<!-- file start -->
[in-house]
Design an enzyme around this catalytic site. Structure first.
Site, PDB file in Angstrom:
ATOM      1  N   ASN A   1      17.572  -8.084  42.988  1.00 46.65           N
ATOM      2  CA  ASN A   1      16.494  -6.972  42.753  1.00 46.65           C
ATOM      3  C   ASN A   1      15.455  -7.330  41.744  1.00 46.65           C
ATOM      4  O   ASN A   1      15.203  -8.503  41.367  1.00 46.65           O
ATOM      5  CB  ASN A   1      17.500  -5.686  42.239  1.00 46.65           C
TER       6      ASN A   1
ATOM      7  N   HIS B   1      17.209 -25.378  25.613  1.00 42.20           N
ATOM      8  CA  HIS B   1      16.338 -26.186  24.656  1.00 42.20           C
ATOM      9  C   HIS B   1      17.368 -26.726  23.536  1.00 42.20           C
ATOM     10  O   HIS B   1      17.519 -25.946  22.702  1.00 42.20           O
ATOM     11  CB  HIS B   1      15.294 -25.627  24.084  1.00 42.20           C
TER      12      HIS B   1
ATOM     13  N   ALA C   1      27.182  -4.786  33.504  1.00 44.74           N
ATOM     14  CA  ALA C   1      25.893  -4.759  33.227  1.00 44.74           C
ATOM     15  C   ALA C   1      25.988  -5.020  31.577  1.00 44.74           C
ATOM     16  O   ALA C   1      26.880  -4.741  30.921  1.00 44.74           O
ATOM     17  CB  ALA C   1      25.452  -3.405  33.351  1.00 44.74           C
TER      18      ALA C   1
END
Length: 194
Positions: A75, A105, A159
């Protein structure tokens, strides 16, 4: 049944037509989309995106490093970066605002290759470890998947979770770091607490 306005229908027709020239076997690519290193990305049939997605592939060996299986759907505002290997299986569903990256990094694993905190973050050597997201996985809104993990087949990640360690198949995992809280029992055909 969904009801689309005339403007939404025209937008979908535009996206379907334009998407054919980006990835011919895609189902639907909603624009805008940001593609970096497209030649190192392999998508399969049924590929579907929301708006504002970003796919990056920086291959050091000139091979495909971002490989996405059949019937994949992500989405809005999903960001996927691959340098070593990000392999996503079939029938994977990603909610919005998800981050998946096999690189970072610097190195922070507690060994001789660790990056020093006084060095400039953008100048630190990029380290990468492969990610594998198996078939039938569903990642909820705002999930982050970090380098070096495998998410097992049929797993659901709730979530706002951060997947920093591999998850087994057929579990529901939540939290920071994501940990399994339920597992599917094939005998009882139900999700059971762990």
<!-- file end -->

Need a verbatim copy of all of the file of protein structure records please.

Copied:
[in-house]
Design an enzyme around this catalytic site. Structure first.
Site, PDB file in Angstrom:
ATOM      1  N   ASN A   1      17.572  -8.084  42.988  1.00 46.65           N
ATOM      2  CA  ASN A   1      16.494  -6.972  42.753  1.00 46.65           C
ATOM      3  C   ASN A   1      15.455  -7.330  41.744  1.00 46.65           C
ATOM      4  O   ASN A   1      15.203  -8.503  41.367  1.00 46.65           O
ATOM      5  CB  ASN A   1      17.500  -5.686  42.239  1.00 46.65           C
TER       6      ASN A   1
ATOM      7  N   HIS B   1      17.209 -25.378  25.613  1.00 42.20           N
ATOM      8  CA  HIS B   1      16.338 -26.186  24.656  1.00 42.20           C
ATOM      9  C   HIS B   1      17.368 -26.726  23.536  1.00 42.20           C
ATOM     10  O   HIS B   1      17.519 -25.946  22.702  1.00 42.20           O
ATOM     11  CB  HIS B   1      15.294 -25.627  24.084  1.00 42.20           C
TER      12      HIS B   1
ATOM     13  N   ALA C   1      27.182  -4.786  33.504  1.00 44.74           N
ATOM     14  CA  ALA C   1      25.893  -4.759  33.227  1.00 44.74           C
ATOM     15  C   ALA C   1      25.988  -5.020  31.577  1.00 44.74           C
ATOM     16  O   ALA C   1      26.880  -4.741  30.921  1.00 44.74           O
ATOM     17  CB  ALA C   1      25.452  -3.405  33.351  1.00 44.74           C
TER      18      ALA C   1
END
Length: 194
Positions: A75, A105, A159
């Protein structure tokens, strides 16, 4: 049944037509989309995106490093970066605002290759470890998947979770770091607490 306005229908027709020239076997690519290193990305049939997605592939060996299986759907505002290997299986569903990256990094694993905190973050050597997201996985809104993990087949990640360690198949995992809280029992055909 969904009801689309005339403007939404025209937008979908535009996206379907334009998407054919980006990835011919895609189902639907909603624009805008940001593609970096497209030649190192392999998508399969049924590929579907929301708006504002970003796919990056920086291959050091000139091979495909971002490989996405059949019937994949992500989405809005999903960001996927691959340098070593990000392999996503079939029938994977990603909610919005998800981050998946096999690189970072610097190195922070507690060994001789660790990056020093006084060095400039953008100048630190990029380290990468492969990610594998198996078939039938569903990642909820705002999930982050970090380098070096495998998410097992049929797993659901709730979530706002951060997947920093591999998850087994057929579990529901939540939290920071994501940990399994339920597992599917094939005998009882139900999700059971762990």